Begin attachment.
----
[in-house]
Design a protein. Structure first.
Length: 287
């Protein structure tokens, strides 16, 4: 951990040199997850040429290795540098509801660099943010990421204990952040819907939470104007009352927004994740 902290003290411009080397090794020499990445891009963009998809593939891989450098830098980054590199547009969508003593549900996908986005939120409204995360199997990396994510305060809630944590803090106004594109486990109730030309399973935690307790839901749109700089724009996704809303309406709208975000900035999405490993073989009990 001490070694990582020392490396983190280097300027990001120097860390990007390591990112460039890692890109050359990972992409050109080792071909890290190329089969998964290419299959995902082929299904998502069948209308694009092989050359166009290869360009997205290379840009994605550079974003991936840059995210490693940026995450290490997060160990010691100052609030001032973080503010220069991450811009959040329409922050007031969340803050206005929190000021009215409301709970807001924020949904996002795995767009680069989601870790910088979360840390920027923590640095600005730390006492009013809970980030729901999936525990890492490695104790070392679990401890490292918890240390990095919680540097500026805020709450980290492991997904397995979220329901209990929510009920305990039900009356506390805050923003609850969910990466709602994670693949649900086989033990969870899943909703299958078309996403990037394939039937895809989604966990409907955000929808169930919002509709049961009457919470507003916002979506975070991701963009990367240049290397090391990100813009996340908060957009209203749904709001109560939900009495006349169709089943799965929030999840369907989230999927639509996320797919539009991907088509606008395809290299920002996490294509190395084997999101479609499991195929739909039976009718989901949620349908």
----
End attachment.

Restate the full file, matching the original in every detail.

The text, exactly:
[in-house]
Design a protein. Structure first.
Length: 287
């Protein structure tokens, strides 16, 4: 951990040199997850040429290795540098509801660099943010990421204990952040819907939470104007009352927004994740 902290003290411009080397090794020499990445891009963009998809593939891989450098830098980054590199547009969508003593549900996908986005939120409204995360199997990396994510305060809630944590803090106004594109486990109730030309399973935690307790839901749109700089724009996704809303309406709208975000900035999405490993073989009990 001490070694990582020392490396983190280097300027990001120097860390990007390591990112460039890692890109050359990972992409050109080792071909890290190329089969998964290419299959995902082929299904998502069948209308694009092989050359166009290869360009997205290379840009994605550079974003991936840059995210490693940026995450290490997060160990010691100052609030001032973080503010220069991450811009959040329409922050007031969340803050206005929190000021009215409301709970807001924020949904996002795995767009680069989601870790910088979360840390920027923590640095600005730390006492009013809970980030729901999936525990890492490695104790070392679990401890490292918890240390990095919680540097500026805020709450980290492991997904397995979220329901209990929510009920305990039900009356506390805050923003609850969910990466709602994670693949649900086989033990969870899943909703299958078309996403990037394939039937895809989604966990409907955000929808169930919002509709049961009457919470507003916002979506975070991701963009990367240049290397090391990100813009996340908060957009209203749904709001109560939900009495006349169709089943799965929030999840369907989230999927639509996320797919539009991907088509606008395809290299920002996490294509190395084997999101479609499991195929739909039976009718989901949620349908």